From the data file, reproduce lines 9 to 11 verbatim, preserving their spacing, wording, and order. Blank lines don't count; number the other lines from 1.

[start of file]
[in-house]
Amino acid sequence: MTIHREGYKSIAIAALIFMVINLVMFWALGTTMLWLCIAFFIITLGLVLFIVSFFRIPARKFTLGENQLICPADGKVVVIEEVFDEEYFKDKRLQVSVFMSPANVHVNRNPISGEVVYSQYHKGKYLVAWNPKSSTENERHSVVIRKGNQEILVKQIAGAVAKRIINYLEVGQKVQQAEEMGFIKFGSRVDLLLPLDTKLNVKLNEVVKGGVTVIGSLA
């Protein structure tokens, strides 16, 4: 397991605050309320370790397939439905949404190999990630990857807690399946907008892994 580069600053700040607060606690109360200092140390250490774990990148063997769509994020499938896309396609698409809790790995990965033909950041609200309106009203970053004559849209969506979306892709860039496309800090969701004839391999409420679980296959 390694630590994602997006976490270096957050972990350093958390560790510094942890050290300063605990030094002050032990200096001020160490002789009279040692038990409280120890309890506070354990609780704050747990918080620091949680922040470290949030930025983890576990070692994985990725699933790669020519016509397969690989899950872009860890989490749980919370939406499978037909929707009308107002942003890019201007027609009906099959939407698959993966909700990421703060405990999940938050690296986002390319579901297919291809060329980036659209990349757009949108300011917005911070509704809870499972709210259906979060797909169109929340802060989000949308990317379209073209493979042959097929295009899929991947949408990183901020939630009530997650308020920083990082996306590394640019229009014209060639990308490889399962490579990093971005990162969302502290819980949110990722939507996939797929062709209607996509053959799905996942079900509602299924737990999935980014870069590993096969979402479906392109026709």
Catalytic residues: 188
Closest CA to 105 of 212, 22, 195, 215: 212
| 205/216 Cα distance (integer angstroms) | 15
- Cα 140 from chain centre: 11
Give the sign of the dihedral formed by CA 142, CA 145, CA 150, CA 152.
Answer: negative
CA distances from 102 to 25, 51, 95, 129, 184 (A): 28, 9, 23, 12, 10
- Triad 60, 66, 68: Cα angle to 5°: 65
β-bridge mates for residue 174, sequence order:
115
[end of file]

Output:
Answer: negative
CA distances from 102 to 25, 51, 95, 129, 184 (A): 28, 9, 23, 12, 10
- Triad 60, 66, 68: Cα angle to 5°: 65